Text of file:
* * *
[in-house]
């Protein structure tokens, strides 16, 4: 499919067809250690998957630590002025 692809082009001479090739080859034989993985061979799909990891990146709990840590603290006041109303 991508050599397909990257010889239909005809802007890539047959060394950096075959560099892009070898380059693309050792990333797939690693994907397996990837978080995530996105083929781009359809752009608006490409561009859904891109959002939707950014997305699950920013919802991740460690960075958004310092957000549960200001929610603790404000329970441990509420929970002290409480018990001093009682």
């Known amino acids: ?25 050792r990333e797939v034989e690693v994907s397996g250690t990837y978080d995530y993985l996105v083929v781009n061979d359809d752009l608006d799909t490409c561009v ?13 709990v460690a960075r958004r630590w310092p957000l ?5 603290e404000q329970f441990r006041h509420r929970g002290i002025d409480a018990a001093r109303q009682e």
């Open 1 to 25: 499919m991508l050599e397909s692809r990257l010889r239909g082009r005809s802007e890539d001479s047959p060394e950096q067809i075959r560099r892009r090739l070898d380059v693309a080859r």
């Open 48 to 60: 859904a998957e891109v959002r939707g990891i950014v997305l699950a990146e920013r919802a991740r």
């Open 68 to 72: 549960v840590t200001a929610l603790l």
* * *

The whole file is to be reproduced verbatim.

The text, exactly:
[in-house]
């Protein structure tokens, strides 16, 4: 499919067809250690998957630590002025 692809082009001479090739080859034989993985061979799909990891990146709990840590603290006041109303 991508050599397909990257010889239909005809802007890539047959060394950096075959560099892009070898380059693309050792990333797939690693994907397996990837978080995530996105083929781009359809752009608006490409561009859904891109959002939707950014997305699950920013919802991740460690960075958004310092957000549960200001929610603790404000329970441990509420929970002290409480018990001093009682």
């Known amino acids: ?25 050792r990333e797939v034989e690693v994907s397996g250690t990837y978080d995530y993985l996105v083929v781009n061979d359809d752009l608006d799909t490409c561009v ?13 709990v460690a960075r958004r630590w310092p957000l ?5 603290e404000q329970f441990r006041h509420r929970g002290i002025d409480a018990a001093r109303q009682e």
């Open 1 to 25: 499919m991508l050599e397909s692809r990257l010889r239909g082009r005809s802007e890539d001479s047959p060394e950096q067809i075959r560099r892009r090739l070898d380059v693309a080859r």
């Open 48 to 60: 859904a998957e891109v959002r939707g990891i950014v997305l699950a990146e920013r919802a991740r």
């Open 68 to 72: 549960v840590t200001a929610l603790l």